Here’s Why Video Chat Dates With Friends Are a Good Idea

I say this without a hint of self-deprecation: I am not an effortless beauty. When I look great, it’s because I’ve worked hard to appear that way. My skin doesn’t glow first thing in the morning, and my hair doesn’t do cute messy buns. As I type this, I am wearing faded leggings, smudged eyeglasses, and my favorite hoodie. My love of being a happy little house-gremlin is why no one could get me on a video call—up until a few weeks ago, that is. I’d text you all day, and I’d chat on the phone, but Skype sessions, FaceTime calls, and Google Hangouts were out of the question.

So, I’m clearly an unlikely evangelist for the following message: In the midst of this new coronavirus madness, you should absolutely go on video chat dates with your friends.

As the new coronavirus continues to spread and the need for social distancing becomes even clearer, video chat dates can help you maintain connections with your loved ones while you keep a safe physical distance. Whether it’s happy hours, binge-watch sessions, or even Skype sex (if you’re so inclined), the advice to take your social life online is pretty sound. Why? Because social distancing (which is a good thing) can become social isolation (a bad thing) if you’re not careful. There is strong evidence that social isolation and loneliness can have a real impact on your mental and physical well-being, according to a 2017 overview of 40 systemic reviews published in Public Health. So as we work to “flatten the curve,” we should find ways to maintain and deepen our sense of connection in these truly strange times.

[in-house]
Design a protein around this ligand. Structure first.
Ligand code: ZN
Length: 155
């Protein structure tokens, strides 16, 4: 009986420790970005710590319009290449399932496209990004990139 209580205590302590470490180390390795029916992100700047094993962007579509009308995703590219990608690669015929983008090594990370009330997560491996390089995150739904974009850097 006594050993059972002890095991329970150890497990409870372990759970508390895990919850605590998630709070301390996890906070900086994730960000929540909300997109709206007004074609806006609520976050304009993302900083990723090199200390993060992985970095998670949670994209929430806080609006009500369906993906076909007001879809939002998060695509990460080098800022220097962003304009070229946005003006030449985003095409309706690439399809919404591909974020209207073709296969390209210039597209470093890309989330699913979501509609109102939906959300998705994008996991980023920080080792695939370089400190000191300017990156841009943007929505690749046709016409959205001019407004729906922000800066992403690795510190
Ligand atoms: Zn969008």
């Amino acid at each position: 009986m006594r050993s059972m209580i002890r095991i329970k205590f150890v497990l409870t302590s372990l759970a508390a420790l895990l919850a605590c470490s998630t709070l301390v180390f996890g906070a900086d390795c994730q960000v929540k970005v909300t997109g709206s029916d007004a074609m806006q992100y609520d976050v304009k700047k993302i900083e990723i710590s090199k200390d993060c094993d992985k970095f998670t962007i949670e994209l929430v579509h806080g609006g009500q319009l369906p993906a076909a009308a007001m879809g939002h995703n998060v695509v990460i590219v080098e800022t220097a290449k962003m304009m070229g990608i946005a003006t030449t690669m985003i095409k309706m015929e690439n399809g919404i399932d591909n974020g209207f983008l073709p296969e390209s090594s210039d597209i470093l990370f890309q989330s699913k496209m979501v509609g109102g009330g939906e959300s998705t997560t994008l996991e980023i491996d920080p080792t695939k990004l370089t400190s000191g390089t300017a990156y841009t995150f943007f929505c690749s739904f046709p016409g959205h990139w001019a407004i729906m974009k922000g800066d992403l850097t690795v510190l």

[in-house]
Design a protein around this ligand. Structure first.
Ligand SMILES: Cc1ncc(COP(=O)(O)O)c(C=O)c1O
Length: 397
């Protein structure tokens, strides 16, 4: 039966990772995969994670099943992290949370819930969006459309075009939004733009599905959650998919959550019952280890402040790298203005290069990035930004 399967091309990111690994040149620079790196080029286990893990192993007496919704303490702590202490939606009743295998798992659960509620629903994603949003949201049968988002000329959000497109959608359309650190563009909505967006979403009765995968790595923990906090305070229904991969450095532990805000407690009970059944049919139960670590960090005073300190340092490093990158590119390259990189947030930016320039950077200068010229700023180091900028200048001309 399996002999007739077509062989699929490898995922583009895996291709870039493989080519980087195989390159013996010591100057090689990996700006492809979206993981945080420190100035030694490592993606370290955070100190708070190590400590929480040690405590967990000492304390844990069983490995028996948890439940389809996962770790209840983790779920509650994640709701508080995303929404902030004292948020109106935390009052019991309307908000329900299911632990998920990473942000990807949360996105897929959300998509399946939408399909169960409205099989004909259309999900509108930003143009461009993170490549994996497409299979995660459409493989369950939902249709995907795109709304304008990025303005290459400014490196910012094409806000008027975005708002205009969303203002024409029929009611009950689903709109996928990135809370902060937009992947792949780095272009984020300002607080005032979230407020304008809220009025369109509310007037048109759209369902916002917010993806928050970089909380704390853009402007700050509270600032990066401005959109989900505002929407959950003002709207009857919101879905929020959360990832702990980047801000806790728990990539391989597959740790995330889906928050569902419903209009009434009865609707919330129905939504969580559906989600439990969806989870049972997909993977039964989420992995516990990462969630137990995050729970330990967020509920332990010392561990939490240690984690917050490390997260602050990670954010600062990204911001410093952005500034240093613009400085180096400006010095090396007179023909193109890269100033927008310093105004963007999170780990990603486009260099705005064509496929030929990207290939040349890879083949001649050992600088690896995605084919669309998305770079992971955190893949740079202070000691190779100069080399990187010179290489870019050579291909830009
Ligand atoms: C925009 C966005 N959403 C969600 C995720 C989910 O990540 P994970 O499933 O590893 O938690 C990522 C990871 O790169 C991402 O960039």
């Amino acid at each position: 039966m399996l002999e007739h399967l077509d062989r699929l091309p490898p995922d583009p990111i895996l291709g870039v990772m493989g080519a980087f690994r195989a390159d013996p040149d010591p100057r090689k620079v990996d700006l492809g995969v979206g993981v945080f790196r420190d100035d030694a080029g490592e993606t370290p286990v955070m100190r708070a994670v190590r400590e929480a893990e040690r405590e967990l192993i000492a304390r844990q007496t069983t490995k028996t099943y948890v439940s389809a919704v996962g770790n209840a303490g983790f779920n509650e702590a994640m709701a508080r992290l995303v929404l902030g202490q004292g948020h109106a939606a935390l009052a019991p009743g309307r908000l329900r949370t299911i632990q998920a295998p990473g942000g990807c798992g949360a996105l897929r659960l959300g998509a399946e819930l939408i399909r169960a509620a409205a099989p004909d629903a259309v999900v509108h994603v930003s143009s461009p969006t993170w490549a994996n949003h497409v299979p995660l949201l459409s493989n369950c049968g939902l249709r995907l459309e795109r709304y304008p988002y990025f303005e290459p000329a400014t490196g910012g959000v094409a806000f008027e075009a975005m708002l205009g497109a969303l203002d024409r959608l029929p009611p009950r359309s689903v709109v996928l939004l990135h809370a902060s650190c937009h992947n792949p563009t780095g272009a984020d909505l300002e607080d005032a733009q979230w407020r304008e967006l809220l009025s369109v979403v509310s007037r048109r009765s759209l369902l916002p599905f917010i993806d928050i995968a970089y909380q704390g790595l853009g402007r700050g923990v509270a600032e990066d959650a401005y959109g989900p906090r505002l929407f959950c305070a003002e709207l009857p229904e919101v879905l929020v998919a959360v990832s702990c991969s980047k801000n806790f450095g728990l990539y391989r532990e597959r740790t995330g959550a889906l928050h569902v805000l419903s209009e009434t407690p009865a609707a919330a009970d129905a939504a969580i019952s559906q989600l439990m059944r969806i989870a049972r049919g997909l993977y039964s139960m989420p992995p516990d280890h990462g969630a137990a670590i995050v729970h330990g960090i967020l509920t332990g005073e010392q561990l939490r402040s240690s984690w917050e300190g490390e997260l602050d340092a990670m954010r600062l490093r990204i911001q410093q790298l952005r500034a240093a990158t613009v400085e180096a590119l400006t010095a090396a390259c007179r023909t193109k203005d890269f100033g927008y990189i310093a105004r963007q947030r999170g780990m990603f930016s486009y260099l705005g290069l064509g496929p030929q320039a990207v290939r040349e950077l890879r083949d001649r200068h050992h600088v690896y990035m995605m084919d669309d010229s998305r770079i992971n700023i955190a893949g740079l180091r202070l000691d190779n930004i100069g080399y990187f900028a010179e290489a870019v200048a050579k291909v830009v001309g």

Last week, as Italy reeled from record-setting new coronavirus deaths and New York (my home state) saw a surge of new cases, I sat down for a scheduled video chat with two of my closest friends, one who lives in Washington, D.C., and the other who lives less than a mile away from me. I, alone in my apartment with only the company of my own fears, asked for this video check-in (much to my friends’ surprise). I was ready to talk through our individual anxieties, but on a whim, one friend decided to stress-bake banana bread, the other told obscene stories with hand gestures and funny faces, and I ran to find an ice pop I’d hidden in my freezer. We laughed until we were too tired to keep talking. It didn’t feel like we were video chatting during a global pandemic or change my outlook or the magnitude of our shared reality. It felt like another day in our years-long friendship. For the first time in weeks, I felt like myself.

My descent into video hangouts with my friends isn’t without challenges. I’ve found that having too many video calls in one day can leave me feeling lonelier (instead of more connected). I’m not sure why—maybe because seeing my loved ones highlights the fact that I’m self-isolating alone. In any case, I’ve learned to limit my video conversations to one or two a day, and I’ve doubled up on phone calls instead. I’ve also learned that some parts of my tiny apartment have weak Wifi and terrible lighting and realized that, if you open a bottle of wine for video happy hour, you can’t actually split said bottle with everyone attending—you’re still alone. Finally, I’ve discovered, if I don’t pull my appearance together at least a little, I get distracted by my face, like a toddler or a cat would. But it’s all worth it.

Even though I am aware that millions of people have been video conferencing for years, I am giving this advice like I’ve discovered something new. Because for the stressed-out, self-isolating, non-videochatting holdouts among us, having a beverage or a laugh (or both) via video chat might bring a hint of normalcy to this extraordinarily abnormal situation. That’s more than enough reason to give it a try.

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